ASSOCIATE EDITOR AT HOPKINS-NANJING CENTER
On Friday, March 15th at the JW Marriott in Shanghai, the Hopkins-Nanjing Center (HNC) held its annual Career Day. The event, which gives students the opportunity to attend panels in their career sector of choice, was organized by HNC career counselors Robert “Robbie” Shields and Niu Xiao Hu.
Students attended panels such as Public Relations and Media, Government, and Energy and the Environment. Speakers at the panels consisted of various SAIS and HNC alumni. At the beginning of each panel, speakers introduced themselves and spoke about their experiences at their respective organizations. The majority of panels then turned into question-and-answer sessions between students and panelists.
Attending organizations included large enterprises such as ExxonMobil, the Wall Street Journal, and the State Department; as well as small and medium-sized enterprises founded by SAIS and HNC alumni, such as Sina Outbound and Capvision.
To Maryan Escarfullett, a second year MA student at HNC, it was “a chance to build relationships with alumni that I had seen before and hope to see again [and] build understanding of the industry I want to work in.”
She also said career day was a great opportunity for students to learn to network in a professional context. Academic communities often carry a certain code of conduct, but offices and professional environments are different. As Maryan noted, “Career Day is a great way for students [sic] to learn to transition from an academic to a professional environment.”
Apart from networking at industry-specific panels and with alumni, students also listened to a keynote speech by Beth Keck, a SAIS alumna and Senior Director for Women’s Economic Empowerment at Walmart. She spoke at length during the reception about her experiences working on corporate social responsibility programs at Walmart and the evolution of her career post-SAIS.
In her closing remarks, Keck touched on balancing family, work and one’s individual goals. She advised students that they will be faced with difficult choices in the future where they will have to compromise some of their ambitions for the sake of happiness. Keck opened up to students about being tapped for a lucrative position in China and choosing to turn it down for the sake of not relocating her daughter during her last year of high school. In retrospect, that was the right choice for her family and her career development, even if it meant sacrificing an opportunity to return to China long-term.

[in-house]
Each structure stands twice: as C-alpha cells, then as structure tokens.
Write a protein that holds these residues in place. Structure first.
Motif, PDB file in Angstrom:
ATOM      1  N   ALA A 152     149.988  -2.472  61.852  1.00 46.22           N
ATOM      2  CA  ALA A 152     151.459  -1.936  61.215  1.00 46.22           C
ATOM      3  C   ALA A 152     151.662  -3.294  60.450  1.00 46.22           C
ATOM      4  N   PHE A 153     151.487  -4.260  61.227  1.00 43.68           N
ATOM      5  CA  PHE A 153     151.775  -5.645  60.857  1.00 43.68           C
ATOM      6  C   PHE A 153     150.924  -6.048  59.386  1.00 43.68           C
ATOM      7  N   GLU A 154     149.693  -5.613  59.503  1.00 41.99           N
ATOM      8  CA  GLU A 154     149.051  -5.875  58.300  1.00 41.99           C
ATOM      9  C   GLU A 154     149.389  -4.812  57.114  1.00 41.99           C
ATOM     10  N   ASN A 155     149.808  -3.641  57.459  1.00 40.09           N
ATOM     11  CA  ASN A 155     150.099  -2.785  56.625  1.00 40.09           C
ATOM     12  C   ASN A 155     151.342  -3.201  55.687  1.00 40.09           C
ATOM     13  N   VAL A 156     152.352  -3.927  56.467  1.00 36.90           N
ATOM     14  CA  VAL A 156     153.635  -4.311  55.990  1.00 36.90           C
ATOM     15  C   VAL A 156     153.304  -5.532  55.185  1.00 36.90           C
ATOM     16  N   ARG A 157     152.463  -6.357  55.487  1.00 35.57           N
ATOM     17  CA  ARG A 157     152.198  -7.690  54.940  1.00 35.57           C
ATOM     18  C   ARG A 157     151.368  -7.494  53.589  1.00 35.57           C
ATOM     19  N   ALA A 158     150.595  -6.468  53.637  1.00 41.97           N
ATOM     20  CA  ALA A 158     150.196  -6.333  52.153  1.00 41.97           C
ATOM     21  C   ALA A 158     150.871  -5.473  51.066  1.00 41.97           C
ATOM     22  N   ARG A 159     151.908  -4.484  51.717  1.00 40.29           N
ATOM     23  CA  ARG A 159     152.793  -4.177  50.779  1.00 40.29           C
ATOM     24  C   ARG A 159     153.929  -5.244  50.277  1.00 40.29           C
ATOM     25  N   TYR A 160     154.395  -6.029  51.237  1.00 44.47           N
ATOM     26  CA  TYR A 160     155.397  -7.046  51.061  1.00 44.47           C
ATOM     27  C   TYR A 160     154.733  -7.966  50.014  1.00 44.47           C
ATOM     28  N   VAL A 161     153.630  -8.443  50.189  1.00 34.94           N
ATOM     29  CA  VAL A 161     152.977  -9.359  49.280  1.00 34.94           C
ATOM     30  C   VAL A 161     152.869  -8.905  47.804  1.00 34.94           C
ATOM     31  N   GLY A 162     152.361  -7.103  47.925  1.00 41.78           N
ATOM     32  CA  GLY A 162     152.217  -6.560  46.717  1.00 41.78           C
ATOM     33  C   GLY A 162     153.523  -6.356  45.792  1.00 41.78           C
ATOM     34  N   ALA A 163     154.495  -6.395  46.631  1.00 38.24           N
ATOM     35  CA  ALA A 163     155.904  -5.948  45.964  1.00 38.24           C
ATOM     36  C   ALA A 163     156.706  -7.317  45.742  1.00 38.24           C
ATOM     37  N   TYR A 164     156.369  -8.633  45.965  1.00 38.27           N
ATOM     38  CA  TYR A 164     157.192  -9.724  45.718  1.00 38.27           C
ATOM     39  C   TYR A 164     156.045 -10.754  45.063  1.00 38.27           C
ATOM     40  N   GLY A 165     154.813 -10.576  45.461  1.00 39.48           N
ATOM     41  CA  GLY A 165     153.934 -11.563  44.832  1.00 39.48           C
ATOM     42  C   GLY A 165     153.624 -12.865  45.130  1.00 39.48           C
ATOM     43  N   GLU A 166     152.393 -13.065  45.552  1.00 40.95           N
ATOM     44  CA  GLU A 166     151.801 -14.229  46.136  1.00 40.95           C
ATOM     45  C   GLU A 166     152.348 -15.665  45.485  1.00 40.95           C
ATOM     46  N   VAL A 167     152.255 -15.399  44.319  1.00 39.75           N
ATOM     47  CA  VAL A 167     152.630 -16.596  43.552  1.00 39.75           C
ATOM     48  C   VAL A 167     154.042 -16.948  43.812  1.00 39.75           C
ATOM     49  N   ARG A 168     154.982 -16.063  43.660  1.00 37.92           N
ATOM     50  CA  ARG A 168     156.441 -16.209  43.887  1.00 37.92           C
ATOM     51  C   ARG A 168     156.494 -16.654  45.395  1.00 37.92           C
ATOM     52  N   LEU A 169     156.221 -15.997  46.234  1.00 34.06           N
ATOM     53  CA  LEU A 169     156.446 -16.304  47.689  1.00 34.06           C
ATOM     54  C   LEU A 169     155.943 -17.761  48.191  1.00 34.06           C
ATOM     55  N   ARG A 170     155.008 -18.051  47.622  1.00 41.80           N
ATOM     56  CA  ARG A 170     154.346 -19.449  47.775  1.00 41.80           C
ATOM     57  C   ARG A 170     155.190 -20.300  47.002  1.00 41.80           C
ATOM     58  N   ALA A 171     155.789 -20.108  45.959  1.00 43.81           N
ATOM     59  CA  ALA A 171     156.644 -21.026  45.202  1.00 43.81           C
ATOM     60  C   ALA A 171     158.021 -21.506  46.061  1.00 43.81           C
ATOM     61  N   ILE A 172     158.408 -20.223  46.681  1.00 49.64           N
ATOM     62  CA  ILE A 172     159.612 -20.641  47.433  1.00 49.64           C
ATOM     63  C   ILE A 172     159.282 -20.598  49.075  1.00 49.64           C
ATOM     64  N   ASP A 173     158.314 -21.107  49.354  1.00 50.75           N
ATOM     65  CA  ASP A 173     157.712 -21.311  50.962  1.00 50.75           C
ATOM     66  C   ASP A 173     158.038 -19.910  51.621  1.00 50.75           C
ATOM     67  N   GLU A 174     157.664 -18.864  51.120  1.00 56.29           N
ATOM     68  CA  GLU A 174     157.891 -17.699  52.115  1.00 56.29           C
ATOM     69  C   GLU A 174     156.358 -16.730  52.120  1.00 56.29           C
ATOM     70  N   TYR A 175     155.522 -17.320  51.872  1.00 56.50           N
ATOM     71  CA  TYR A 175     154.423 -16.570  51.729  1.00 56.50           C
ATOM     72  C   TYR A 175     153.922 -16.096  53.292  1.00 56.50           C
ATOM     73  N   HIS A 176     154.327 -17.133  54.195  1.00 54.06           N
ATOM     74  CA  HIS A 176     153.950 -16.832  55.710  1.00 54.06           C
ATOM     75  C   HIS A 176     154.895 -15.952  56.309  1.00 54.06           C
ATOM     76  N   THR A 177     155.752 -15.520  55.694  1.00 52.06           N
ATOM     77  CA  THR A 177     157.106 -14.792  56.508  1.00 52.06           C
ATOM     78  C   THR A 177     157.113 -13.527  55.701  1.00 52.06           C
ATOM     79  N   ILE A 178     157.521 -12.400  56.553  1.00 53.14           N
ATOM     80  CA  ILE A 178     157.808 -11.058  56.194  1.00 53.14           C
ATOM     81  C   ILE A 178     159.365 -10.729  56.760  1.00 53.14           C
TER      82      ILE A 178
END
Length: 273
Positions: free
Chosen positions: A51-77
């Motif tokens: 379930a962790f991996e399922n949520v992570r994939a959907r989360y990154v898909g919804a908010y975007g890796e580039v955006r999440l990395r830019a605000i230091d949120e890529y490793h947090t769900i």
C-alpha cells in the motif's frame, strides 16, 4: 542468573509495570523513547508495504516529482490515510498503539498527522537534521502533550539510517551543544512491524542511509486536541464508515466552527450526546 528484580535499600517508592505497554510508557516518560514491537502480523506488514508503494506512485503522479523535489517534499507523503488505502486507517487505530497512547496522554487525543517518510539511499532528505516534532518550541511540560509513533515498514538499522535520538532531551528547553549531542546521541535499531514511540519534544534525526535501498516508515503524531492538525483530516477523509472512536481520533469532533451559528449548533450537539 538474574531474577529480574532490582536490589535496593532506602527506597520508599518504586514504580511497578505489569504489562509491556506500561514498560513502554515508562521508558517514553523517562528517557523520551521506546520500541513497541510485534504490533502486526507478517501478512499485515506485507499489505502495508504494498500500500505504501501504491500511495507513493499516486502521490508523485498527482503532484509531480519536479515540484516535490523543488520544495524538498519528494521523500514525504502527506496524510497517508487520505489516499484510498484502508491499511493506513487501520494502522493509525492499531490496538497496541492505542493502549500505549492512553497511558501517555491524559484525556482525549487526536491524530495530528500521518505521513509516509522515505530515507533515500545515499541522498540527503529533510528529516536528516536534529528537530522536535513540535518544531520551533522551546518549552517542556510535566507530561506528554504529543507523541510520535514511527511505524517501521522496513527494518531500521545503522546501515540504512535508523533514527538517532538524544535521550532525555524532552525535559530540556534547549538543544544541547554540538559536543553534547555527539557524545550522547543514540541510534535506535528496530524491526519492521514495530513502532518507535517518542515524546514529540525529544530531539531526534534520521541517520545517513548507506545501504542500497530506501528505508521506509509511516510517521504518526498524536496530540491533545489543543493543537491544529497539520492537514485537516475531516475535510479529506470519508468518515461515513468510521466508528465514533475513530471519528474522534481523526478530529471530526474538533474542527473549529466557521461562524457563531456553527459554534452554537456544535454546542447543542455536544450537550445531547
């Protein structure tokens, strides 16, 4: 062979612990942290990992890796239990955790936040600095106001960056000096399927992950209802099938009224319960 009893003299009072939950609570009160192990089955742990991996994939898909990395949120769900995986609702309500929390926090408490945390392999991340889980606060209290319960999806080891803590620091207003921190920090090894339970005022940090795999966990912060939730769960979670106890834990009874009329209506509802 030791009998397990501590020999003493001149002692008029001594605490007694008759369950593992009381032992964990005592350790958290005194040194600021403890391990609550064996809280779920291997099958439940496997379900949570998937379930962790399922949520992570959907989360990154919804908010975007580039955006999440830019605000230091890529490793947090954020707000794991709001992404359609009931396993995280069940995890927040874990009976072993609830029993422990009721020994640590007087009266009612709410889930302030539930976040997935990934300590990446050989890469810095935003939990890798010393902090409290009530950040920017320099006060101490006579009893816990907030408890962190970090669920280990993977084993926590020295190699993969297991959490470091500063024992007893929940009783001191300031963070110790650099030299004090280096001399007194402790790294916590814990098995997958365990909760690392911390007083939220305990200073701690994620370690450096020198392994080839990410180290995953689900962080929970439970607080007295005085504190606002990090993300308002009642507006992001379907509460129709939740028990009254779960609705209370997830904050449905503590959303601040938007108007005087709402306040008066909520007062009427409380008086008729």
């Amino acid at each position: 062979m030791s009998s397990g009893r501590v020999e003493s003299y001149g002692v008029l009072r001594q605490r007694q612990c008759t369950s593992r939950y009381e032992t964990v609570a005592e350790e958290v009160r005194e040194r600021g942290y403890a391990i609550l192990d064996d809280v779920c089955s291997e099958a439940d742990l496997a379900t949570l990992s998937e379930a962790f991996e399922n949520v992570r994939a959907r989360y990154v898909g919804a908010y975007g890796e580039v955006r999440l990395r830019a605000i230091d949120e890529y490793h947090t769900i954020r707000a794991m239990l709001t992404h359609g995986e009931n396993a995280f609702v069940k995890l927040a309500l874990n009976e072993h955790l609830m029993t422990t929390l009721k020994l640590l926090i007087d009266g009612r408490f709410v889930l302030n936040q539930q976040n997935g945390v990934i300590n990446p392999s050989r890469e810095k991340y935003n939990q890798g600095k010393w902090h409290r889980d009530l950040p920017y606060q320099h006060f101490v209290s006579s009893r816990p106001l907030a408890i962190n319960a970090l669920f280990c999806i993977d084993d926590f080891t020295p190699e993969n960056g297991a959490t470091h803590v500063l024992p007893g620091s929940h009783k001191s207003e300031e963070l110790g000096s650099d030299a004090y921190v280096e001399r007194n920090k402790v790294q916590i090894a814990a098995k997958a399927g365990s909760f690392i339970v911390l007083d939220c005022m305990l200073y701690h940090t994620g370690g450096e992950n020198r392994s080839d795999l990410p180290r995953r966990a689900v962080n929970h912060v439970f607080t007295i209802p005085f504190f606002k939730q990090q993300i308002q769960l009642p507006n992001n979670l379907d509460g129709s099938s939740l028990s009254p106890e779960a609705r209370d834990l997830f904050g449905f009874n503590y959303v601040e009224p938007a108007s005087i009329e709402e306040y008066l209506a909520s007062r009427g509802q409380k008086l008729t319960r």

Another underlying theme brought up by alumni during Career Day was humility and other challenges students will face when finding their first career-oriented job after graduation. Many panelists stated that their current positions came from learning new skills during projects and jobs they were initially hesitant about taking.
For example, Gus Conroy from ExxonMobil stated that during his time at the company he had worked in many different departments. One of the most important departments he worked in was sales. Working in sales for a few years gave him the operational and managerial knowledge necessary for advancing his career.
Alumni working at Capvision strongly encouraged students to jump into opportunities that most people are not excited about because they do not align with their individual career goals. By showing willingness to accept work outside of one’s official position, students will increase their standing inside an organization and broaden their industrial and professional knowledge.
At the end of the day, some students enjoyed hearing these comments from alumni the most.
Certificate student Kallika Tullock said she “liked the Q&A. It is useful to spend time with people in the industries you want to work [in[ because you start to learn what is important to them and adjust your message as a job-seeker [sic].”
Tullock also enjoyed speaking with alumni at the reception and after the panels. “It is fun talking and socializing with people that have shared an experience with you, and are now doing work in the sector you care about. What defines SAIS is being a part of that community.”